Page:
Saturday, August 5, 2017

Making Sense of Math Curriculum Alphabet Soup

People throw around a lot of acronyms to describe math curricula: CME, CPM, IMP, CMP, IM, OUR, MVP, etc. So many of these strings of letters are very similar (M seems natural, we're all talking about math, not sure how C got so popular!) and easy to mix up. CPM and CMP are pretty darned easy to reverse, though are completely separate projects with different philosophies and goals.

I'm sure some of these curricula were worked on by similar folks and/or led one to another. As a free market, it's likely that most of them came about because someone (or some organization or company or non profit and foundation) saw a need for something that was not available.

How are these different schema the same and how are they different? How can I know enough about what each one is so that when I hear folks talking about them in the MTBoS or other circles, I can contribute insightful perspectives, or at least know what they're talking about? How can I know which are useful to draw on when I'm trying to plan a lesson or a unit?

I could get into the depths of what makes something a curriculum, and that's not really where my inquiry is leading me. Mostly, I want to know what each of these projects is known for, perhaps who created them, what their strengths and weaknesses are, the timeline of when they came into the scene, etc. I'm sure there are others that I'm missing, and I welcome your suggestions for how to improve this list! I'm mostly looking for the ones doing innovative things that are in the general lexicon of hip math teachers.

Core Plus: wordy; integrated; problem based; weak on skill development and practice; a bit dated

IMP (Interactive Mathematics Program): organized around problems rather than mathematical topics; somewhat weak on skill development; originally developed in 90's; 9-12?

CPM (College Preparatory Math): 6-12; thoughtful spiraling of content; more skill/less big problem; called Core Connections in MS?

CMP (Connected Math Project): 6-8, maybe K-5?; small books on each topic; funded by NSF at Michigan State; published by Pearson; somewhat weak on skill development; originally developed in the 90's

CME (Center for Math Education): 9-12, Bowen worked on; related to NSF, Pearson published; super thoughtful problem sets

Illustrative Mathematics: more a collection of cool problems than a curriculum; People from there are now working with the OER Consortium to create curriculum for 6-8, and then 9-12 after that

OER Consortium
OUR (Open Up Resources): level field; free curriculum; 6-8 for now probably 9-12 later; totally free; Kate Nowak, Ashli Black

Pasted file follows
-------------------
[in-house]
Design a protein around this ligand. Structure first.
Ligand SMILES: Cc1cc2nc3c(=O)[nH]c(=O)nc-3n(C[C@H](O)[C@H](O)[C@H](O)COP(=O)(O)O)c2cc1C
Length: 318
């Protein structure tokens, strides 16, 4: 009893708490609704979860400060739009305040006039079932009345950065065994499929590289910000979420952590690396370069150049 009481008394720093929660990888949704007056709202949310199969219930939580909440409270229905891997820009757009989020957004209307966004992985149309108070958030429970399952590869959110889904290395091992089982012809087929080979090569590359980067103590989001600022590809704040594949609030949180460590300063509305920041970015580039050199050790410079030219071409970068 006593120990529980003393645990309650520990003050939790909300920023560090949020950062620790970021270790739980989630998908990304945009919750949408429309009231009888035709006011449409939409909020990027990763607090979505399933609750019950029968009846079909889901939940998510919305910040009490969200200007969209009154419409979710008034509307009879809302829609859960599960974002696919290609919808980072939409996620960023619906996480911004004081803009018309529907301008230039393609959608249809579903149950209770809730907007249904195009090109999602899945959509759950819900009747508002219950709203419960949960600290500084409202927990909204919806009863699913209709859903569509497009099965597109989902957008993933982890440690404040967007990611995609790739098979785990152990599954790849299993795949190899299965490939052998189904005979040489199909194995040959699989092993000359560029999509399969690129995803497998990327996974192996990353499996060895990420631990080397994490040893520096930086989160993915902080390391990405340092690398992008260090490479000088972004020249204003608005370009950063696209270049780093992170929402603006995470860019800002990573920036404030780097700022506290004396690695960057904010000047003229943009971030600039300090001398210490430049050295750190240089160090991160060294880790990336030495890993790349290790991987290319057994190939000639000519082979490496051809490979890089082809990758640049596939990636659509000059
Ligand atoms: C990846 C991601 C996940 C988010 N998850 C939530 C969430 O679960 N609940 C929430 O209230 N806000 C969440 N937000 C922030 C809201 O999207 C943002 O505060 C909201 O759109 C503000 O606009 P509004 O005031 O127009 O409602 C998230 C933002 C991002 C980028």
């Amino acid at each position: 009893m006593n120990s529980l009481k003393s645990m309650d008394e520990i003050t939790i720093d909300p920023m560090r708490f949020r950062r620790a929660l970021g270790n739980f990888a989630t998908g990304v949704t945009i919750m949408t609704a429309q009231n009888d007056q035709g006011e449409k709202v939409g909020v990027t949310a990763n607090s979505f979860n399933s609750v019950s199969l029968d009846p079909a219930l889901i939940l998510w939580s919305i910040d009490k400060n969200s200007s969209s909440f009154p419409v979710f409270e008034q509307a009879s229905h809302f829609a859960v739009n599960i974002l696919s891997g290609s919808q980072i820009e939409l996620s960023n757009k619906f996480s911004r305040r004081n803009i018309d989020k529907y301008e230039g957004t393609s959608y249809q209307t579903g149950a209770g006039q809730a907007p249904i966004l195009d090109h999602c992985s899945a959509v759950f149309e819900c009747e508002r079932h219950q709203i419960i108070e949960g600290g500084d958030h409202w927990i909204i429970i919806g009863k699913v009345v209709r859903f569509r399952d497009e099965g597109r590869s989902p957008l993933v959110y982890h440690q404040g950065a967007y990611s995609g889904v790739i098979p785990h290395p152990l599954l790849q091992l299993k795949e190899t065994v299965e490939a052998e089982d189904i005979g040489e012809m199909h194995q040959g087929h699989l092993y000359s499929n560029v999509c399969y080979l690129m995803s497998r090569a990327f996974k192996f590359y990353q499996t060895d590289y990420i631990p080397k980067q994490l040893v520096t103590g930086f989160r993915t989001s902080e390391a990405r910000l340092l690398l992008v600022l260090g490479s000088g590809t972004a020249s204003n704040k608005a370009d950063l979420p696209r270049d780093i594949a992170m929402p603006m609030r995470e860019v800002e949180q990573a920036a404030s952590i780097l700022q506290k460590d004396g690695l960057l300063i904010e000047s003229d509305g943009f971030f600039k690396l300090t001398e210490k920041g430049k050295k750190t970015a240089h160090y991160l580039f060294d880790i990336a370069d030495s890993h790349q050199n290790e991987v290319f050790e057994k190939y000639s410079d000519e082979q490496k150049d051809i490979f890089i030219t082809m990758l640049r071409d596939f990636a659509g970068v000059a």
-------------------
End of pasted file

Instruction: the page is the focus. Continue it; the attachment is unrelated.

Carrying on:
MVP: Mathematics Vision Project (David Wees?)

Impact Math: 6-8; more investigative than traditional curricula; decent balance of inquiry and practice; somewhat dated

EngageNY/Eureka: K-8; solid conceptual development

Is there anything listed above that does not match your experience or that you could elaborate more on?
Are there other curriculums for 6-8 or 9-12 that I should be including above?
Does CMP have K-5, or just 6-8?
Is Shell Centre a curriculum?
Is IMP only HS?
What grades does MVP cover? Who uses it?

What's a 4x4 schedule? 

1 comment:

  1. Pretty sure David Wees is involved in New Visions, not MVP. New Visions is all free and open, like EngageNY, though I definitely personally like what they have better than what I've seen of EngageNY/Eureka .

    I believe CMP is 6-8. Pearson's investigation-focused elementary curriculum is called Investigations. I think Investigations -> CMP -> CME would be the all-Pearson pathway for schools that prefer a progressive/inquiry-based curriculum. CMP and CME were both NSF projects, but with different teams.

    I think the Shell Centre is more like Illustrative Math before they got into curriculum-writing. Or Nrich ( ). A source of good tasks, well-organized but not a full curriculum with all of the internal support materials, etc.

    I'm not sure "skills-focused" is a description I would use for CPM. It is probably more skills-focused than, say, IMP, but about on the same level as CME or CMP.

    To me what makes CPM particularly compelling and what made me interested in working with them is (a) they were started by and are still run almost entirely by classroom teachers or former classroom teachers, (b) they are a nonprofit and are not distributed by large publishers and (c) the curriculum comes with a pedagogical style - small-group work with many different team strategies - baked in, without which it doesn't work very well. They provide free (and in my experience totally excellent) PD with any curriculum purchase to support teachers. Honestly, it's a model not dissimilar to that used by Open Up Resources - Open Up makes the digital version of the student resources free, but charges (a totally reasonable amount!) for PD and teacher materials. CPM makes the student textbooks affordable ($10/kid/year for eBooks, $50-$80 for paperback or hardcover print editions) and includes PD with that purchase.